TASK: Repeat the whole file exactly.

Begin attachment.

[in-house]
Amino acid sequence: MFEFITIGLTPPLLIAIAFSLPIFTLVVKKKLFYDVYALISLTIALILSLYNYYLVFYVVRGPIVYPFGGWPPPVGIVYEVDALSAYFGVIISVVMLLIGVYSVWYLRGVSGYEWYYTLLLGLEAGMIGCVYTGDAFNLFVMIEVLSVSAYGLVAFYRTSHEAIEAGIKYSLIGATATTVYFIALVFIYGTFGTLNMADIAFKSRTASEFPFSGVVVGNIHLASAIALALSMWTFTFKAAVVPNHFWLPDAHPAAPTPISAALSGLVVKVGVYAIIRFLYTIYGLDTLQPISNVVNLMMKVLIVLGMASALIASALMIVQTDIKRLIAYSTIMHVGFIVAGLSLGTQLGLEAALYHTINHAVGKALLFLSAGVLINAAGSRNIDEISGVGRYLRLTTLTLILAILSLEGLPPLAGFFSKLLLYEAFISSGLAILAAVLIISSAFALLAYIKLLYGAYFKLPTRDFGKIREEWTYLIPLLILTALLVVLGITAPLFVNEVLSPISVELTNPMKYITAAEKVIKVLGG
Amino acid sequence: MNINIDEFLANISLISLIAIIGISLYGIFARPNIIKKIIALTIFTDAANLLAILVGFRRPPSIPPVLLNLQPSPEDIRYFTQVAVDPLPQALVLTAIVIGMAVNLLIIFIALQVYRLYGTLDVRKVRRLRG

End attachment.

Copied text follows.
[in-house]
Amino acid sequence: MFEFITIGLTPPLLIAIAFSLPIFTLVVKKKLFYDVYALISLTIALILSLYNYYLVFYVVRGPIVYPFGGWPPPVGIVYEVDALSAYFGVIISVVMLLIGVYSVWYLRGVSGYEWYYTLLLGLEAGMIGCVYTGDAFNLFVMIEVLSVSAYGLVAFYRTSHEAIEAGIKYSLIGATATTVYFIALVFIYGTFGTLNMADIAFKSRTASEFPFSGVVVGNIHLASAIALALSMWTFTFKAAVVPNHFWLPDAHPAAPTPISAALSGLVVKVGVYAIIRFLYTIYGLDTLQPISNVVNLMMKVLIVLGMASALIASALMIVQTDIKRLIAYSTIMHVGFIVAGLSLGTQLGLEAALYHTINHAVGKALLFLSAGVLINAAGSRNIDEISGVGRYLRLTTLTLILAILSLEGLPPLAGFFSKLLLYEAFISSGLAILAAVLIISSAFALLAYIKLLYGAYFKLPTRDFGKIREEWTYLIPLLILTALLVVLGITAPLFVNEVLSPISVELTNPMKYITAAEKVIKVLGG
Amino acid sequence: MNINIDEFLANISLISLIAIIGISLYGIFARPNIIKKIIALTIFTDAANLLAILVGFRRPPSIPPVLLNLQPSPEDIRYFTQVAVDPLPQALVLTAIVIGMAVNLLIIFIALQVYRLYGTLDVRKVRRLRG